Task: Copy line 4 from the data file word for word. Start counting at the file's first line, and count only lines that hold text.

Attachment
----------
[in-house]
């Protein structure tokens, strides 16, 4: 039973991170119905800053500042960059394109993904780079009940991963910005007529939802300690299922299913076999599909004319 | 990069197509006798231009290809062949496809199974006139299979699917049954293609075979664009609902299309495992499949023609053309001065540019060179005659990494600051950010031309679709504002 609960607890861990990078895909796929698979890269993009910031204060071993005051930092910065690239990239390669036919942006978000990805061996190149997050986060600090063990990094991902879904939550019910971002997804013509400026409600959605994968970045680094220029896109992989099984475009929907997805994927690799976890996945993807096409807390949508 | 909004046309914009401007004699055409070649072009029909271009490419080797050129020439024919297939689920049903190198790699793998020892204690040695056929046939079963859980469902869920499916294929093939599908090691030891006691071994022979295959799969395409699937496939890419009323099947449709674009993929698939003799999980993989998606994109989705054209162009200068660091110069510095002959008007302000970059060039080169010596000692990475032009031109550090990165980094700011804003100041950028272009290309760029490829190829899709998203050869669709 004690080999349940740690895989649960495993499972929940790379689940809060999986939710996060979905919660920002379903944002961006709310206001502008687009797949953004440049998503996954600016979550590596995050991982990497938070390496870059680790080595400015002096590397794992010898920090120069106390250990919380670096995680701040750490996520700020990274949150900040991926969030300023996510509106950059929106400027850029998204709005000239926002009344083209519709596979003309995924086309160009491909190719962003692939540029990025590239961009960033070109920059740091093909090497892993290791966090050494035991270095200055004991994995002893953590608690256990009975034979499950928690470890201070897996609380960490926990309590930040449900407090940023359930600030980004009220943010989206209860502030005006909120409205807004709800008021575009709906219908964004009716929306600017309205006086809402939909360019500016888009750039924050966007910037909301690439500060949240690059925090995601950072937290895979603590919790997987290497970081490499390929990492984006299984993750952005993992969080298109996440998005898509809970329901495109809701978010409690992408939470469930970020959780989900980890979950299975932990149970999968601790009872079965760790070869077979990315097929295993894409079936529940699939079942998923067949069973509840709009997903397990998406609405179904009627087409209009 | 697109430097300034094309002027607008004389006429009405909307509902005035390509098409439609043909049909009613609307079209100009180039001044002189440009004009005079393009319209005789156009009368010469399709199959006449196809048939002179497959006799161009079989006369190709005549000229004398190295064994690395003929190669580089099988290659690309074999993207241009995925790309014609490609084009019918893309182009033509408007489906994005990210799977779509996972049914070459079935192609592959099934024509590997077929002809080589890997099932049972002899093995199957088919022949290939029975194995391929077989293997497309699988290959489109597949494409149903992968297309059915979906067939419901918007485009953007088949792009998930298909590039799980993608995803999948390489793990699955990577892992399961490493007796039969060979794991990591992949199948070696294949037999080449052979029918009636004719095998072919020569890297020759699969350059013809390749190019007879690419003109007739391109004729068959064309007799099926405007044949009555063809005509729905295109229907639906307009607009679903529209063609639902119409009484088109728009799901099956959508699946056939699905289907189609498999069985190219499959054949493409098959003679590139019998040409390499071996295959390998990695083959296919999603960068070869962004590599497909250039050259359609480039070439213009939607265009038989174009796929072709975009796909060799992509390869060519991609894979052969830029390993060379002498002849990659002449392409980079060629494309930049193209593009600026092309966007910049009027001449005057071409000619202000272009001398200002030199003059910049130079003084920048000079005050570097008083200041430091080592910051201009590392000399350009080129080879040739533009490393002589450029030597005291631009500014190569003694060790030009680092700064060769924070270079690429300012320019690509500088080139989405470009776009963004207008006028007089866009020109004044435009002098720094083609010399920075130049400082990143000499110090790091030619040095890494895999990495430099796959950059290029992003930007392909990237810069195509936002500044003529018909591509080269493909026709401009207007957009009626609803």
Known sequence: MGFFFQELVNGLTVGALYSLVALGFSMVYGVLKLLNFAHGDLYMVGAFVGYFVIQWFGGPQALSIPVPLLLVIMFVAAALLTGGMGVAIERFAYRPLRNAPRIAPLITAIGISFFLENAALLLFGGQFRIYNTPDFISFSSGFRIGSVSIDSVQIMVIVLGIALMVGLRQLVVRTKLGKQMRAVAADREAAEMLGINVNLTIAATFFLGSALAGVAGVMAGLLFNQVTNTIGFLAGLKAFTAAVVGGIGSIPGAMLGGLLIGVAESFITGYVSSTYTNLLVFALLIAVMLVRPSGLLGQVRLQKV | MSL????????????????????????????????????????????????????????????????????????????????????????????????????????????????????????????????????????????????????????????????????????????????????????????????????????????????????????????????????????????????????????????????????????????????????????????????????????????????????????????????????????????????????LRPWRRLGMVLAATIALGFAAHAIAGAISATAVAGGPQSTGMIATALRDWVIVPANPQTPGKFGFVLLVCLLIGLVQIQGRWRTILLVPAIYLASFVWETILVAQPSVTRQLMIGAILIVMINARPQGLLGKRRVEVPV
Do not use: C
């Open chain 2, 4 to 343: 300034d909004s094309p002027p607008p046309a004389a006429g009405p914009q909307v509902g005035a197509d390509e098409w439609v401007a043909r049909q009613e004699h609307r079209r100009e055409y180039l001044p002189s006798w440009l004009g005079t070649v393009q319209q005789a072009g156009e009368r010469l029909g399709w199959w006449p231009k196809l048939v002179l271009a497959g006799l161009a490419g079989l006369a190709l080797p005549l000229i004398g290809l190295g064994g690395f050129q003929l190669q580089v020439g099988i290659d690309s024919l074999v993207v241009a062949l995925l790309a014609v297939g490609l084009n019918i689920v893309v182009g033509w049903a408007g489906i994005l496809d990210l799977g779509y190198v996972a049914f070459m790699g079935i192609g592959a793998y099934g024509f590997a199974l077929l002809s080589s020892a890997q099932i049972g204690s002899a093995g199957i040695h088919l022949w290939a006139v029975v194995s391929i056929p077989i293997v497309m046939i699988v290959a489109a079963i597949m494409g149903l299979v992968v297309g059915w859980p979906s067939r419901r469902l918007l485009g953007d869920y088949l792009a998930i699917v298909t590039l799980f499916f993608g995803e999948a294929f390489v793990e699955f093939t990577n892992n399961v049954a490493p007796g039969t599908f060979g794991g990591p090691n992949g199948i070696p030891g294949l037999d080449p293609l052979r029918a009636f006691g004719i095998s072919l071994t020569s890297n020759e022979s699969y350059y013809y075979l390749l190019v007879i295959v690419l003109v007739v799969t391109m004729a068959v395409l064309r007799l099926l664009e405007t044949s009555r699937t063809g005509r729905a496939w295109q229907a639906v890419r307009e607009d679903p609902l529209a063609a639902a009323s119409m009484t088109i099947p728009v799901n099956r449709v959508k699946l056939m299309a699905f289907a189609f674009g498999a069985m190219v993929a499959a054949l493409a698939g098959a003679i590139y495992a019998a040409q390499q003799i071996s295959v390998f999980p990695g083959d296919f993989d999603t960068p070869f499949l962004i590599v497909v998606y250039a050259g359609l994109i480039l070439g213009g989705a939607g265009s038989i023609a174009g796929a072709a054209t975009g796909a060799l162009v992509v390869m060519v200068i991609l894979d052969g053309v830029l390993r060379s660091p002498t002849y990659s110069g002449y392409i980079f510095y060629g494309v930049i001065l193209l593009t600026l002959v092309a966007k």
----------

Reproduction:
Do not use: C